The current industrial focus in virtual agents and digital games is on complex systems that more accurately simulate the real world, including cognitive characters. This trend introduces a multitude of control parameters generally accompanied by high computational costs. The resulting complexity limits the applicability of AI in these domains. One solution to this problem is to focus on light-weight flexible AI architectures which can be simultaneously generated, controlled and run in parallel. The resulting systems should then be able to control individual game characters, scaling up to large numbers of characters, forming even complex social systems. Here we contribute one element of such a system: a light-weight systems-engineering approach for enriching behaviour arbitration in action selection. Our mechanism - ERGo - improves high-level goal arbitration in existing light-weight action selection mechanisms. ERGo provides easy and reliable non-deterministic control of goal switching, activation and inhibition, allowing natural behaviour maintenance. This mechanism can aid agent design in cases where static, linear, predefined priorities are undesirable. The model underlying our approach is biomimetic, based on neuro-cognitive research on the dopaminic cells responsible for controlling goal switching and maintenance in the mammalian brain. We demonstrate and evaluate our mechanism in a real-time, game-like simulation environment, using a previously-published system as a baseline for comparison. We demonstrate that ERGo is effective, and betters the previous approach.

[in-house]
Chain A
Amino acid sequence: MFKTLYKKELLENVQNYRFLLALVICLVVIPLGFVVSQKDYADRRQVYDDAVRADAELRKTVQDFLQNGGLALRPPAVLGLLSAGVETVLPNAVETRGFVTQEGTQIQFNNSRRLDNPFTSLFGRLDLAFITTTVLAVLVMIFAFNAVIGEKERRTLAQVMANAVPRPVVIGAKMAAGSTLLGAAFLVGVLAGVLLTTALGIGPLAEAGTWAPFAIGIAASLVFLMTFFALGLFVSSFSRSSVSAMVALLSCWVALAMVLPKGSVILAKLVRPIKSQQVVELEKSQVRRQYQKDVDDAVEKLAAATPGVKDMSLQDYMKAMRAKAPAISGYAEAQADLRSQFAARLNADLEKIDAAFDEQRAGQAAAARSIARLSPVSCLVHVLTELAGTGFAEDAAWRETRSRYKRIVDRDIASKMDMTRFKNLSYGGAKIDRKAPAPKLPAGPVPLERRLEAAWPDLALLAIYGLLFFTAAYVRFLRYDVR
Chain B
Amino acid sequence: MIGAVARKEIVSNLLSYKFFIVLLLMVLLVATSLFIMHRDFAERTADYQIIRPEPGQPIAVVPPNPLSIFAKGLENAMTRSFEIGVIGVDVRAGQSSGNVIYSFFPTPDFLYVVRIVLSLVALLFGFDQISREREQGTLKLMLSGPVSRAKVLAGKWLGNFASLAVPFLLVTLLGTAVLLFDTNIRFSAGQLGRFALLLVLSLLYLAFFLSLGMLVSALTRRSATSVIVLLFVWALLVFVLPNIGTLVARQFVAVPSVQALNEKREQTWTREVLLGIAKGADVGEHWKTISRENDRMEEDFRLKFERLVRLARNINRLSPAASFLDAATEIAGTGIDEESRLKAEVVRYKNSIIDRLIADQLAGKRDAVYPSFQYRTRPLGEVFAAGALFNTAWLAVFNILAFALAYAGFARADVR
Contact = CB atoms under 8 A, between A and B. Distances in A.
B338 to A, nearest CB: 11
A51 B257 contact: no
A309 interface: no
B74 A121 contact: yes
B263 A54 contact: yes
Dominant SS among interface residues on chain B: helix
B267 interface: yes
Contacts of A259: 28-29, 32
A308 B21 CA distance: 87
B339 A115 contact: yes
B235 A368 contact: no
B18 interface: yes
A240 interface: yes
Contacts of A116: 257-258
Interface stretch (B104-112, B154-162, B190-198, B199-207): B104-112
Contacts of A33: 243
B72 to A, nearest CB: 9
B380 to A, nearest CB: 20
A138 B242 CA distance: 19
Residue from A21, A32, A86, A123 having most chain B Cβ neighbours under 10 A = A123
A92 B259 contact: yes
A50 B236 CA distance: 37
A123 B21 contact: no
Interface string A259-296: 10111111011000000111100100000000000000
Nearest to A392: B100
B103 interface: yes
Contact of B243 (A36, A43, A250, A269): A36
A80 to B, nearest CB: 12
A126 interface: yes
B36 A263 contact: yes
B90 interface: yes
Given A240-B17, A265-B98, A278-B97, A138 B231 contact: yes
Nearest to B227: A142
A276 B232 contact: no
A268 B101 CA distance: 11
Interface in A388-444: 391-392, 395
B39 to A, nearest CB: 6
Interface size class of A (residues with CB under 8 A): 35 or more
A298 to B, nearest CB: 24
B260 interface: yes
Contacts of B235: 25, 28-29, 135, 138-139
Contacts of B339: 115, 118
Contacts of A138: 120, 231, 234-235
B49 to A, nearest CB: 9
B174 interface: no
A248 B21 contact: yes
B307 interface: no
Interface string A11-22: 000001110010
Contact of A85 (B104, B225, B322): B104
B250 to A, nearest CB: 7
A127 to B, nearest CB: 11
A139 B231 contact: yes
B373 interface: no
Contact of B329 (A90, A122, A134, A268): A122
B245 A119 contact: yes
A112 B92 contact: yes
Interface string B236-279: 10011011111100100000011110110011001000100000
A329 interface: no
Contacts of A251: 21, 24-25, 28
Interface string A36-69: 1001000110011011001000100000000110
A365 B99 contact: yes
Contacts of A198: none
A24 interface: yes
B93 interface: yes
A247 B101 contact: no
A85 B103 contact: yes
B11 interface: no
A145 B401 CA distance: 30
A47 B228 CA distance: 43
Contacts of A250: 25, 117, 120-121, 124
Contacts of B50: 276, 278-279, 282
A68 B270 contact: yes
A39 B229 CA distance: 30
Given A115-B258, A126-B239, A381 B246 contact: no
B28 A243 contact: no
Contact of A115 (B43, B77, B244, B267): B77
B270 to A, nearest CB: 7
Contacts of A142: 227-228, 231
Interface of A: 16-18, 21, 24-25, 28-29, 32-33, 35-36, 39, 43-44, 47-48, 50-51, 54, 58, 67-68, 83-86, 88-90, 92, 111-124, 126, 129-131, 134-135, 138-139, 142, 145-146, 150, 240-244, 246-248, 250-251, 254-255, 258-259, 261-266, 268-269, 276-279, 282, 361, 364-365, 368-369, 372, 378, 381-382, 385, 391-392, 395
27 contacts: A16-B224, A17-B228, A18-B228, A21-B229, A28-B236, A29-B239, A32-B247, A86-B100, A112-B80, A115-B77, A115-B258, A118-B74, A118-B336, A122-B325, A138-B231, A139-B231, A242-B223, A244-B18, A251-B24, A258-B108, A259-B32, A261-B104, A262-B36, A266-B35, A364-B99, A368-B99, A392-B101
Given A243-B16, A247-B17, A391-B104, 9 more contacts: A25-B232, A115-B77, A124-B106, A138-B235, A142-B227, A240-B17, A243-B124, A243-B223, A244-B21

|Title of host publication||IEEE Conference on Computatonal Intelligence and Games, CIG|
|Publication status||Published - 2014|
|Event||2014 IEEE Conference on Computational Intelligence and Games, CIG 2014 - Dortmund, UK United Kingdom|
Duration: 26 Aug 2014 → 29 Aug 2014
|Conference||2014 IEEE Conference on Computational Intelligence and Games, CIG 2014|
|Country||UK United Kingdom|
|Period||26/08/14 → 29/08/14|